The Volkswagen Group—which includes Audi, Porsche and other brands—is recycling up to 3,600 batteries a year during a pilot phase at its new plant in Salzgitter, northern Germany. Mineral processors are also showing interest in entering the market: Australian minerals company Neometals has partnered with German company SMS group to build a battery-shredding industrial-scale plant, also based in Germany – a fitting choice of location, given that the country is Europe’s largest car manufacturer.
“Our sense of urgency to get recycling going is much higher than many people believe,” says Bo Normark, an industrial strategy executive at EIT InnoEnergy, a sustainable innovations accelerator funded by the EU. Lithium-ion batteries have a lifespan of more than ten years so it will take a while for them to pile up. But long before that—“actually, today,” says Normark—there will be a need for recycling scraps from battery production. These scraps include trimmings and other waste generated during the manufacturing process, or batteries that fail quality tests.
But before battery recycling can be scaled up, the industry needs to rethink its approach. Today’s recycling methods are crude and designed to extract only high-value materials from the cells. Gavin Harper, a research fellow at the University of Birmingham, uses the analogy of the snakes and ladders board game to explain how lithium-ion batteries are currently produced and recycled. A player starts with raw materials at the bottom of the board, moves up the board to produce a battery and aims to end at the top of the board with a fully recycled battery. The snakes, which make a player slide down by several squares on the board, are of different lengths and correspond to various recycling methods.
n a first step, recyclers typically shred the cathode and anode materials of spent batteries into a powdery mixture, the so-called black mass. In the board game analogy, this would be the first slide down on a snake, Harper explains. The black mass can then be processed in one of two ways to extract its valuable components. One method, called pyrometallurgy, involves smelting the black mass in a furnace powered with fossil fuels. It’s a relatively cheap method but a lot of lithium, aluminium, graphite and manganese is lost in the process.
Another method, hydrometallurgy, leaches the metals out of the black mass by dissolving it in acids and other solvents. This method, Harper says, would correspond to a shorter snake in the board game, because more material can be recovered: you fall back, but not by as many squares as when using pyrometallurgy. The process, however, consumes a lot of energy and produces toxic gases and wastewater.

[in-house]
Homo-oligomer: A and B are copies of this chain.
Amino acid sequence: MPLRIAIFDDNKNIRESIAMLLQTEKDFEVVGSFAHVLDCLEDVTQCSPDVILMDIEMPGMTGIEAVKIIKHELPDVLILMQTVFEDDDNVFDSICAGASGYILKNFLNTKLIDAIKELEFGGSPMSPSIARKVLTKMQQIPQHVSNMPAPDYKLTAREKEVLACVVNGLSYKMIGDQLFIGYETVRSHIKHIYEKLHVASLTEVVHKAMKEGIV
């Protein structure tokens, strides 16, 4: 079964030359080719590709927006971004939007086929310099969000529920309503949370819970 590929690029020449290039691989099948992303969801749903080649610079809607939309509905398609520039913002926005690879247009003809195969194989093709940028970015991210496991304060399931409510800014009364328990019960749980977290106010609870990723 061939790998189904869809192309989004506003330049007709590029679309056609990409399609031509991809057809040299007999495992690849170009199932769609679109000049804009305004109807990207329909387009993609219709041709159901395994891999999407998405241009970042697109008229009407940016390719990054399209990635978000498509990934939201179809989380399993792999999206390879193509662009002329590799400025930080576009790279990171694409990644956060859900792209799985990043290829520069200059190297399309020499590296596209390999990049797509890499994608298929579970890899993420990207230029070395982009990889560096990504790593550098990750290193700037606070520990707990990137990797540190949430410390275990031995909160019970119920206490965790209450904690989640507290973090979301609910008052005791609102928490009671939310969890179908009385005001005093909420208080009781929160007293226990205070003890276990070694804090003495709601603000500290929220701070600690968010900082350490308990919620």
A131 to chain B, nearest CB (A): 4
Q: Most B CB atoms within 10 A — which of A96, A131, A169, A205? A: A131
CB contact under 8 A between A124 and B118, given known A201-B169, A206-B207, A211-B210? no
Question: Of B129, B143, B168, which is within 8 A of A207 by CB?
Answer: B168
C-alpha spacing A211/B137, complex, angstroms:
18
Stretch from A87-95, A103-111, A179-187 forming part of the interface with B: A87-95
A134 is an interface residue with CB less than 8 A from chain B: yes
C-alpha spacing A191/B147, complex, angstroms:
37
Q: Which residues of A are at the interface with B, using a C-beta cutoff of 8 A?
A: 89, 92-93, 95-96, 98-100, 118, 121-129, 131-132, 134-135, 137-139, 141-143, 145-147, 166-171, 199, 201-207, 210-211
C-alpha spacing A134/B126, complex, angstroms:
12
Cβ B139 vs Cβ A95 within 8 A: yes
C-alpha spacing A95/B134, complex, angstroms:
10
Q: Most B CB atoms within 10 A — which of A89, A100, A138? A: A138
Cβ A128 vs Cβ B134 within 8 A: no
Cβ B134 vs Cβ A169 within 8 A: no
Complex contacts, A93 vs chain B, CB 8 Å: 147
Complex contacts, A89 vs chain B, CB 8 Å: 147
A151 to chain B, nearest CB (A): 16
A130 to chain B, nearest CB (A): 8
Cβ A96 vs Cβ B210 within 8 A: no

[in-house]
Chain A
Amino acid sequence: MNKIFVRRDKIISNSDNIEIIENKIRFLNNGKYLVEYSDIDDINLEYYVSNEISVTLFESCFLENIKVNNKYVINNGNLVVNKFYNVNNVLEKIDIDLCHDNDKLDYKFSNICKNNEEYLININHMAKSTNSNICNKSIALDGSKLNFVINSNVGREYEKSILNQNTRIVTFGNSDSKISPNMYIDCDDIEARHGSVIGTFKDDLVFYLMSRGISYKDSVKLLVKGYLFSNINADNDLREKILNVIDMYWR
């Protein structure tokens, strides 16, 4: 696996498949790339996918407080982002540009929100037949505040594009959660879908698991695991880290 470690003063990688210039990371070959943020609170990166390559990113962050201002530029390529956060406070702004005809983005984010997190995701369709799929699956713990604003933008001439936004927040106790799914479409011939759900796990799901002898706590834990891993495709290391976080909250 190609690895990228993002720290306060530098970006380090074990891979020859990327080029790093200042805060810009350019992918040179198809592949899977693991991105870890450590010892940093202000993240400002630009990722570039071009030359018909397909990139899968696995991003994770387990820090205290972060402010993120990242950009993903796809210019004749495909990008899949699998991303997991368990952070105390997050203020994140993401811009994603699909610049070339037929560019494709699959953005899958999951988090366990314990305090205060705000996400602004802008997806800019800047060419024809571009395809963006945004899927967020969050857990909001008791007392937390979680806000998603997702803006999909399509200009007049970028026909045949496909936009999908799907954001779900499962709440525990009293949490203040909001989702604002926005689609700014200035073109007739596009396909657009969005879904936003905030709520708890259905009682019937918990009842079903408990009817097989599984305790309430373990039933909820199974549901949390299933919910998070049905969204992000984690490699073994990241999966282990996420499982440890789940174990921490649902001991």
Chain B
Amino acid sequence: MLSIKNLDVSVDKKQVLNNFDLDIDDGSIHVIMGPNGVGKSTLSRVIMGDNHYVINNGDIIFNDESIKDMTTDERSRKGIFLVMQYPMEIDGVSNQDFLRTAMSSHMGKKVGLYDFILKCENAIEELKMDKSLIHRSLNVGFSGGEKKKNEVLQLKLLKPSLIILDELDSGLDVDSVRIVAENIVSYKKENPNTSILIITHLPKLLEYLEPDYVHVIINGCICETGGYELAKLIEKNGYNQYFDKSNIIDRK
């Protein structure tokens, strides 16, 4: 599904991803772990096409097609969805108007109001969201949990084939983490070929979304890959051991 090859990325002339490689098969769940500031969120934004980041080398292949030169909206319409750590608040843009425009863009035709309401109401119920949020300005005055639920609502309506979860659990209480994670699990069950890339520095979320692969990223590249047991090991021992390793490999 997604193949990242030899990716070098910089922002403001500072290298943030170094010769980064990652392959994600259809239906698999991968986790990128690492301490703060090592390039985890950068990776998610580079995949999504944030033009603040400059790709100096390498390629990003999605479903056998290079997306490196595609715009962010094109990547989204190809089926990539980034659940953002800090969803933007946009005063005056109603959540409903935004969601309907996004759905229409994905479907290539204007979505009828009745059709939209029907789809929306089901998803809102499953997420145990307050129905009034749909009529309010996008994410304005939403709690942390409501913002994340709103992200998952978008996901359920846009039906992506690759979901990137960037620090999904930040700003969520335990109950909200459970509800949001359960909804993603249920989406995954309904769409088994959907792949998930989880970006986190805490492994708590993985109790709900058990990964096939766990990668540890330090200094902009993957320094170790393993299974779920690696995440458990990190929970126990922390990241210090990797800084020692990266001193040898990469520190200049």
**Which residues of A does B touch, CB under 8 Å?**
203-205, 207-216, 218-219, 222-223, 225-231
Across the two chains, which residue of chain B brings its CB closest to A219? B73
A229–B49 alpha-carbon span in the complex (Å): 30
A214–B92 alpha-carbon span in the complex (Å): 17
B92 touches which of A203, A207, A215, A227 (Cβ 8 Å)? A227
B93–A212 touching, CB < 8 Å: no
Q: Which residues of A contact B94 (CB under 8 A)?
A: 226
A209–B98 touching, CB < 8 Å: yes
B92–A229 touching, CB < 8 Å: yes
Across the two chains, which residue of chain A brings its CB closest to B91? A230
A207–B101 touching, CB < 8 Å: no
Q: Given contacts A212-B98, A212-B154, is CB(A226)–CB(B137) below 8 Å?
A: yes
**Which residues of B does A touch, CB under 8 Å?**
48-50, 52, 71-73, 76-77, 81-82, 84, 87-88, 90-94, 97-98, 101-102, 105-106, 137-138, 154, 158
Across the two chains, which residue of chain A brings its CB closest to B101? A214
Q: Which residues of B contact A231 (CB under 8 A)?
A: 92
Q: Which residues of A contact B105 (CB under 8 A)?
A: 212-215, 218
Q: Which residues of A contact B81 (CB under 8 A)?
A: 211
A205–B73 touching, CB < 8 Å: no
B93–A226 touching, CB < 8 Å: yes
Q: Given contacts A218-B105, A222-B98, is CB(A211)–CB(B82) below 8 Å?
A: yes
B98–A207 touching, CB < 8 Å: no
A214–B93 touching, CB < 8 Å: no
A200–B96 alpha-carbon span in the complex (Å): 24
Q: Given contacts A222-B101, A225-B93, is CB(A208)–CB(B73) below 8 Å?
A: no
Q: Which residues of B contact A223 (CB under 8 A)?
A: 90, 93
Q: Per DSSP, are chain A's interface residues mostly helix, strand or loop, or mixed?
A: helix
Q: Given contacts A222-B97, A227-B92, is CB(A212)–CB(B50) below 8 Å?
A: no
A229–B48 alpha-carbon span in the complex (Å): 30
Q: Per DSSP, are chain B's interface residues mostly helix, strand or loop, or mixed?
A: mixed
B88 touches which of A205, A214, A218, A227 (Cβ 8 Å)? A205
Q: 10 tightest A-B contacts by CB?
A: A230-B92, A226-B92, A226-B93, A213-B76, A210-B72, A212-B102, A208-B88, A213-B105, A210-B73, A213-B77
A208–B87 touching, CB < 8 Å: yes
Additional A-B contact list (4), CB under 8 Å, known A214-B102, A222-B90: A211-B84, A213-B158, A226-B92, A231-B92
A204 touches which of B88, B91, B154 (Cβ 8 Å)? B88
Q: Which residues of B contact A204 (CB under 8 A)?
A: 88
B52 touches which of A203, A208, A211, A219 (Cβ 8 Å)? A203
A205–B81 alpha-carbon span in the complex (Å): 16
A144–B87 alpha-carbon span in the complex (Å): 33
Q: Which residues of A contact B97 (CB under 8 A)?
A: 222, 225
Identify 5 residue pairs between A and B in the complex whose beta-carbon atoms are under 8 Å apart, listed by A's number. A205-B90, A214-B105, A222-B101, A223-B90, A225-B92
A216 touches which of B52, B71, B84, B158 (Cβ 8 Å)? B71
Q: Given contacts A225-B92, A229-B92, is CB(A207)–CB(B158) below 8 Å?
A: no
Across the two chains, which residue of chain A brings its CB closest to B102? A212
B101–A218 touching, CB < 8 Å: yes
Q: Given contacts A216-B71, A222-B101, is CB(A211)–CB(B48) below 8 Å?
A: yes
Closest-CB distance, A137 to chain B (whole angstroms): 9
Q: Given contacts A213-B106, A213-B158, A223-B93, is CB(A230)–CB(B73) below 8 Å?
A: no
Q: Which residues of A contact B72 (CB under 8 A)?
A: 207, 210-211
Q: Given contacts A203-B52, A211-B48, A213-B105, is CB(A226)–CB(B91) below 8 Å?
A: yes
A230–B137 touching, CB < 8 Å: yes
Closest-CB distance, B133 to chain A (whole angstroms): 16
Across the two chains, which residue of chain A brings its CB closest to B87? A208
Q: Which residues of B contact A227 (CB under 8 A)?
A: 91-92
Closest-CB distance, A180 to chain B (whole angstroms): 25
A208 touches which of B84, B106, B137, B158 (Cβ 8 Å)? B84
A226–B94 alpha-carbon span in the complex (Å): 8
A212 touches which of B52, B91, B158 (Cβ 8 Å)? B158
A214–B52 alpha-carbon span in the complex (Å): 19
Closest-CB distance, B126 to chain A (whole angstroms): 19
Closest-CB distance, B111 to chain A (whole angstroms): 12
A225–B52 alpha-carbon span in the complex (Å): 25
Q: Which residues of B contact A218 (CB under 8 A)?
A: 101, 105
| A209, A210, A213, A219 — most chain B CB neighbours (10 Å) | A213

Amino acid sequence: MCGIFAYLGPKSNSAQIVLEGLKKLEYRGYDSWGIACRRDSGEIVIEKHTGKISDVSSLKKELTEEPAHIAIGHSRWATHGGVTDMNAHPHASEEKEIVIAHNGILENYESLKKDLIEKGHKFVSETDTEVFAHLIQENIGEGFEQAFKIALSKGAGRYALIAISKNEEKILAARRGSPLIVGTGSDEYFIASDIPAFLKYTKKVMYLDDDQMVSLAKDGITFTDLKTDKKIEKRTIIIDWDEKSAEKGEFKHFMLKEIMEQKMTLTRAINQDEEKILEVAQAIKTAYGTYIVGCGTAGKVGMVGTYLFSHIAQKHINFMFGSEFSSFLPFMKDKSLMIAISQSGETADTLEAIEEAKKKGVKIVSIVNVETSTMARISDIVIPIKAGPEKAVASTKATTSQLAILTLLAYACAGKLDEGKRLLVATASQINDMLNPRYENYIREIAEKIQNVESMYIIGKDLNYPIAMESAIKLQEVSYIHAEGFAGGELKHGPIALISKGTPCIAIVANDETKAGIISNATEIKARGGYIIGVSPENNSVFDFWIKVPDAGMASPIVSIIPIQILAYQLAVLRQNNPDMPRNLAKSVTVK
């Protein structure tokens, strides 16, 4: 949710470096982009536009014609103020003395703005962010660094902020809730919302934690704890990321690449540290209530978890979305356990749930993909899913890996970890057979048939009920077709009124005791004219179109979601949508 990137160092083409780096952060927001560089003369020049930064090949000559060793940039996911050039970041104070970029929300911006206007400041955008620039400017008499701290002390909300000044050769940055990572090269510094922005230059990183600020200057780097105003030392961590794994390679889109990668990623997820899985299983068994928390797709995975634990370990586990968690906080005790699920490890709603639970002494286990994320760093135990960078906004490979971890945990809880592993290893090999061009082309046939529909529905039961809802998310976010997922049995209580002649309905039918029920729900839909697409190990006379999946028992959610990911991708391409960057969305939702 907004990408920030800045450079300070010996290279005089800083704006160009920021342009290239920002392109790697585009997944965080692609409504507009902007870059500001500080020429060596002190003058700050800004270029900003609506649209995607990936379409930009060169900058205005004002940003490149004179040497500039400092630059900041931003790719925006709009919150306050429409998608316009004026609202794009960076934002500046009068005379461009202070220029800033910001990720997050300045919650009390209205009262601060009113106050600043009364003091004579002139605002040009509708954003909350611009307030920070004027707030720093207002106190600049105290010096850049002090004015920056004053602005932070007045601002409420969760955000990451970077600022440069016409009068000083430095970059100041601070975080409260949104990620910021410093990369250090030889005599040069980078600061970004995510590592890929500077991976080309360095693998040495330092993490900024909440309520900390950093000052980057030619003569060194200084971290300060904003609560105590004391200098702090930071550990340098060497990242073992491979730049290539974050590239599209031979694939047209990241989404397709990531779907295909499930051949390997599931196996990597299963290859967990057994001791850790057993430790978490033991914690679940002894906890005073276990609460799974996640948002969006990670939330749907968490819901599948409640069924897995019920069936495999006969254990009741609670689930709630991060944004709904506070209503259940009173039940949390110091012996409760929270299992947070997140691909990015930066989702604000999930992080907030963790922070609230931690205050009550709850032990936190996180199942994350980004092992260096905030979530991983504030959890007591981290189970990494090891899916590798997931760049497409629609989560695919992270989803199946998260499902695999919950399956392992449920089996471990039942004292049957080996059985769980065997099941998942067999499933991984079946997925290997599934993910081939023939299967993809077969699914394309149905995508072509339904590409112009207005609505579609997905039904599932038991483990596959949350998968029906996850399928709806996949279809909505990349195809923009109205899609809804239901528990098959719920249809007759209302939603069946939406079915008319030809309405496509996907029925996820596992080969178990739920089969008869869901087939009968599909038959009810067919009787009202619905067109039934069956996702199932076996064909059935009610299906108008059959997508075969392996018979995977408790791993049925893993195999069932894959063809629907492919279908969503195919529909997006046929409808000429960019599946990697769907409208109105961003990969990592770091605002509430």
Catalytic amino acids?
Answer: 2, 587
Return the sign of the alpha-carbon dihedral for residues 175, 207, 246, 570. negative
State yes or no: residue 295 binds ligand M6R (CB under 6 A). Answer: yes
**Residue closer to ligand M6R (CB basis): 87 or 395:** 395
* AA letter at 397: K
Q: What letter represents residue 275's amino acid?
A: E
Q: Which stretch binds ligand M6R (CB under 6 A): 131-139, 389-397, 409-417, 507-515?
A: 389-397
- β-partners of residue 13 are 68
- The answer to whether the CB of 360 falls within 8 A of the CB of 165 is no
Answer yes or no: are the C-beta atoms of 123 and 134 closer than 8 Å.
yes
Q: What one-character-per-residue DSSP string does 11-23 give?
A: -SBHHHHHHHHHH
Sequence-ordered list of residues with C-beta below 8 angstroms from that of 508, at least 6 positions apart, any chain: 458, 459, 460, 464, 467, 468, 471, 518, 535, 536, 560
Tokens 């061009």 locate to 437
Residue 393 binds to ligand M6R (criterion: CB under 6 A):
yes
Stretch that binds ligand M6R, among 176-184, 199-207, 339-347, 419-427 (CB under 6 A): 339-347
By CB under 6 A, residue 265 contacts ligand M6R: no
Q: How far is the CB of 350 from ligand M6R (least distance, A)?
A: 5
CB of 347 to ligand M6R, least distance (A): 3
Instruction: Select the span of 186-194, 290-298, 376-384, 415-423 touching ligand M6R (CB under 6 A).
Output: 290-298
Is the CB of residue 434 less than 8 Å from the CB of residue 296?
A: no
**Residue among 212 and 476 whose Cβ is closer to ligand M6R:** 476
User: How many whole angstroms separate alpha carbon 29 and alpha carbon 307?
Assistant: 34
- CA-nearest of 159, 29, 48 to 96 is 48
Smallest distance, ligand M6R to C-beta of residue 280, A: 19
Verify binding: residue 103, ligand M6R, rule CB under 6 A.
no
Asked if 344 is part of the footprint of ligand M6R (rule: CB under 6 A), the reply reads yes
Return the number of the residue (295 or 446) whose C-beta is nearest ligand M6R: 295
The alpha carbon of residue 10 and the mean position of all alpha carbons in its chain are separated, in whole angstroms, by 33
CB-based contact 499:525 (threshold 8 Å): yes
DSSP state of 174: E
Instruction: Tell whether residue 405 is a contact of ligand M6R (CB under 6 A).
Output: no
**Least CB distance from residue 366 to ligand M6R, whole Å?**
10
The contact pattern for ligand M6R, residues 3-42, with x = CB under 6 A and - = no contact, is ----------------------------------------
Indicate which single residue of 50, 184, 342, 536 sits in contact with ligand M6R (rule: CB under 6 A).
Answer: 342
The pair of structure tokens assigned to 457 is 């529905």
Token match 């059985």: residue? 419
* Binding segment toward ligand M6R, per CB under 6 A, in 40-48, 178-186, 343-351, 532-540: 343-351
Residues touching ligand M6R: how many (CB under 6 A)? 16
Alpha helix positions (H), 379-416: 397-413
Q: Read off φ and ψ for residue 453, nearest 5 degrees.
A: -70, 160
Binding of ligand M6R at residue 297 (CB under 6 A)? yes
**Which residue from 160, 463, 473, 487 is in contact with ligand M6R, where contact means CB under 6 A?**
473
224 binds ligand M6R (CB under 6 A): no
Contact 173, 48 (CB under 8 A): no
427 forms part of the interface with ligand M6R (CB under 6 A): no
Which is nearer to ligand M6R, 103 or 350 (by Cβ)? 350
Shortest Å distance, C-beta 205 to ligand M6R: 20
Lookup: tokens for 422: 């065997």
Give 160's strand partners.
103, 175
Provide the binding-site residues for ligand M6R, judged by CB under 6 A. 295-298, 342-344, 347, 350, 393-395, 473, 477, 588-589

“The Holy Grail for recycling is this idea of direct recycling, which only takes us a little way down the board,” says Harper. In simple terms: the cathode is separated out from the battery cell, regenerated in a chemical process and then placed back in a cell. “It's certainly something that’s been proven as possible and that can work. There is a furious effort to research techniques,” says Harper, referring to the ReCell Center, an American research collaboration focused on battery recycling, and funded by the US Department of Energy. Similar efforts are underway in Britain and Europe.
While some research institutes, companies and startups are trying to figure out how best to recycle lithium-ion batteries, others are working on cheaper and more sustainable types of batteries. Chinese manufacturers CATL and BYD are already producing lithium iron phosphate batteries, which are cheaper, less toxic, and cobalt-free. They are also banking on sodium-ion batteries – which use abundant sodium instead of relatively rare lithium – to become the next generation of EV batteries.
Baker says that we should stop thinking about recycling as a process to mine precious metals out of a battery pack. “The value is not just the elements, it's the combination of those elements, how they have been engineered and put together,” says Baker. In other words, to get battery recycling right, we might just need to completely redesign batteries from the ground up.
Courtesy of Wired.com